I think part of the problem in my case is that I'm hypo-glycemic (so fun, since my cousin is diabetic), so when I drink a stevia sweetened beverage, my insulin spikes and my blood sugar hits bottom. Whereas when I bake with it, there's foods -- cheese, nuts, etc. to give the insulin something to burn.

    Re: Granola.
    On the upside, most recipes make tons of the stuff. So if you can stand to do it, you're set for a while. You just gotta be careful not to burn it. I've burned more than one batch in my day. (I used to eat it, and gave it to my parrot as a snack).

    I'll have to try this stevia version, as mine always used honey.
    • I'm hypo-glycemic as well. I find that staying away from all extra sugar and caffeine helps that and eating plenty of protein. I eat protein first, veggies second and carbs last. Since I've kept my diet in order in regards to making sure I have enough protien, my sugar levels have relatively evened out. When I don't do that though, I have issues.

      I haven't had any issues with stevia other than the taste not going well with certain items or not dissolving completely in cold liquids. I do have a friend who is diabetic who has issues with splenda. It mucks with her insulin levels like stevia does with yours. I have no idea how to combat either.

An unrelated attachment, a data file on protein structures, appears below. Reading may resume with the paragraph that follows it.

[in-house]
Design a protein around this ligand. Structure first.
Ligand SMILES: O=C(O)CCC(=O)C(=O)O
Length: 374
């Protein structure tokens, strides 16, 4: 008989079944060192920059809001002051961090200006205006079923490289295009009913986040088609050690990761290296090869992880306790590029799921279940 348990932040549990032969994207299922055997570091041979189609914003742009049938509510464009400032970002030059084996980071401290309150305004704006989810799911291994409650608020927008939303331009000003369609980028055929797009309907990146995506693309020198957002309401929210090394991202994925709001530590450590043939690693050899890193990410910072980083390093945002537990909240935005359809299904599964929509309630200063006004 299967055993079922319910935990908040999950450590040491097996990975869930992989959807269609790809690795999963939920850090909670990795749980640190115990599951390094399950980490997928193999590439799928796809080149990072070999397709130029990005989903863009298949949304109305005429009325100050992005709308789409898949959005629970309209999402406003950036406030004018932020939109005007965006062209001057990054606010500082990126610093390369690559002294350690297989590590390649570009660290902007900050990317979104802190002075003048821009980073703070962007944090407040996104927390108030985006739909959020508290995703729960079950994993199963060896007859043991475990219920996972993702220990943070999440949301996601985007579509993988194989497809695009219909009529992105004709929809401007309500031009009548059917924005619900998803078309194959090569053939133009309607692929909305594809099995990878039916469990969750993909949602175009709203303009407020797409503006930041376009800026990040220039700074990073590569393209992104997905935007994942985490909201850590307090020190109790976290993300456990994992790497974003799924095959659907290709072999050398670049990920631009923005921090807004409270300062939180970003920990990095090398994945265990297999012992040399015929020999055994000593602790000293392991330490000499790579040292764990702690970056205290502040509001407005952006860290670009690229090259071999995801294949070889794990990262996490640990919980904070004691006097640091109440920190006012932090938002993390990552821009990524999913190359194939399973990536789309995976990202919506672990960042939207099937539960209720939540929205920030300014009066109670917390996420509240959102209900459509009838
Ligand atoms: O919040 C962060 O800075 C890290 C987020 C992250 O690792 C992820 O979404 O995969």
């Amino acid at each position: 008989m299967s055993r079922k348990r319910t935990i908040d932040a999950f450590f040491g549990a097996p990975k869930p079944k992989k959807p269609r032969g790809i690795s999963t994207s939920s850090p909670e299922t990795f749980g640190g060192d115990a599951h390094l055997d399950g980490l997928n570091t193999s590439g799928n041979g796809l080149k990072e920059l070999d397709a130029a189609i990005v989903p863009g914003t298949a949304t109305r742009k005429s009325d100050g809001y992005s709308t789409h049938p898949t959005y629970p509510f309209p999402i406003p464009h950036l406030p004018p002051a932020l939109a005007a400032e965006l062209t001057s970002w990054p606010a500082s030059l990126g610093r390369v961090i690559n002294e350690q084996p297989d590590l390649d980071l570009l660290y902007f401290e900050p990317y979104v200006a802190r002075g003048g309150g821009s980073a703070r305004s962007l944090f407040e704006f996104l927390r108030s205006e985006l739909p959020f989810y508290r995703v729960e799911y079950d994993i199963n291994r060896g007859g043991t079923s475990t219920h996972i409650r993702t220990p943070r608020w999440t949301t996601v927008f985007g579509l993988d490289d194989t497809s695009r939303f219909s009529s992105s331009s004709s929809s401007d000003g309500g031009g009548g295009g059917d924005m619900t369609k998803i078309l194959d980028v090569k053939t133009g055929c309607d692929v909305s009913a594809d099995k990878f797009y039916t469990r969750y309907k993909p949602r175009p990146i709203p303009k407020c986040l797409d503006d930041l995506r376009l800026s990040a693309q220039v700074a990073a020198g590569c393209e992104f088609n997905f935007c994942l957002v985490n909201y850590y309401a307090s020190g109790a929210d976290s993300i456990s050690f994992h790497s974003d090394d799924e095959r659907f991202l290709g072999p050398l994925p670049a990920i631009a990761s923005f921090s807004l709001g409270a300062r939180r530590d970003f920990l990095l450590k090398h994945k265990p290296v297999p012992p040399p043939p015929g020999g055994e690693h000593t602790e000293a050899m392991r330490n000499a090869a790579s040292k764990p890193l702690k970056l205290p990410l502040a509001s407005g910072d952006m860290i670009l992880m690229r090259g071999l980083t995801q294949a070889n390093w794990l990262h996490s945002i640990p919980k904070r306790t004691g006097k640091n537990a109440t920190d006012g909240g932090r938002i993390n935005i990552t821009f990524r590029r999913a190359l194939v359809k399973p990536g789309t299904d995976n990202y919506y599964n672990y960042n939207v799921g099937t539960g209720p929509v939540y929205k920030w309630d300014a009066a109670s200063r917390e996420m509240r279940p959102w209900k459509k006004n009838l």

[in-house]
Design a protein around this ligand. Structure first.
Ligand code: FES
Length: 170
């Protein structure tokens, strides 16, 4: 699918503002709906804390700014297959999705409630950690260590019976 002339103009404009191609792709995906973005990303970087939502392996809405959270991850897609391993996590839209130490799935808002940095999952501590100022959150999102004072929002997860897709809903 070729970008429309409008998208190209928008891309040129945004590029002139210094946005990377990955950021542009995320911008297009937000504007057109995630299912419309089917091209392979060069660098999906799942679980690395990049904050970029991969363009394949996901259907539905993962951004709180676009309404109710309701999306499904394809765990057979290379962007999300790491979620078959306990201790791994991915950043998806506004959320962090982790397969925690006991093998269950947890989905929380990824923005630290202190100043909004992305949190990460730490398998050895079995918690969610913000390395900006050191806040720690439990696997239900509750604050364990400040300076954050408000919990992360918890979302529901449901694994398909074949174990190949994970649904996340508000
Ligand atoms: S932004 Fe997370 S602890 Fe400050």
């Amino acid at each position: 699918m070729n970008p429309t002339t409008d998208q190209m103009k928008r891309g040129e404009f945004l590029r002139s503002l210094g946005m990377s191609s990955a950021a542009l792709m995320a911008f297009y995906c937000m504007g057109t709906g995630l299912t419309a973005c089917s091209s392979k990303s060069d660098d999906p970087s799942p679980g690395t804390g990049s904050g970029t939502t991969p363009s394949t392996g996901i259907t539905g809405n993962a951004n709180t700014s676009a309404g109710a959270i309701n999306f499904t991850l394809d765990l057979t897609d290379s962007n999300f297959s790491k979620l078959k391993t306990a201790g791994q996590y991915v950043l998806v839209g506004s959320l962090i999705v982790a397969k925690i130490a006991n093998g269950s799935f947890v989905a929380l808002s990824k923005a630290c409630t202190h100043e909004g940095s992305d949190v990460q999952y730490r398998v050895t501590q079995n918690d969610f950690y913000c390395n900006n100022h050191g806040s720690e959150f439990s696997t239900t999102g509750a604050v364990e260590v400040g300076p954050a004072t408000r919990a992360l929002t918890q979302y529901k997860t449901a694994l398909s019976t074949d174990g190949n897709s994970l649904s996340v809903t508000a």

• Oh, re: the turkey question.

    I've done time working in various deli's and the difference is in the preservatives and "natural flavorings". My cousin recently read that they treat sliced meat with a cocktail of different things to keep them moist and tender, which sometimes includes sugar or high fructose corn syrup.

    Sadly, a lot of whole, raw turkeys are now adding these in too -- watch the label for "natural flavorings". Foster Farm is still clean though.

    • I thought it was something like that. Good to know that Foster Farms isn't doing that.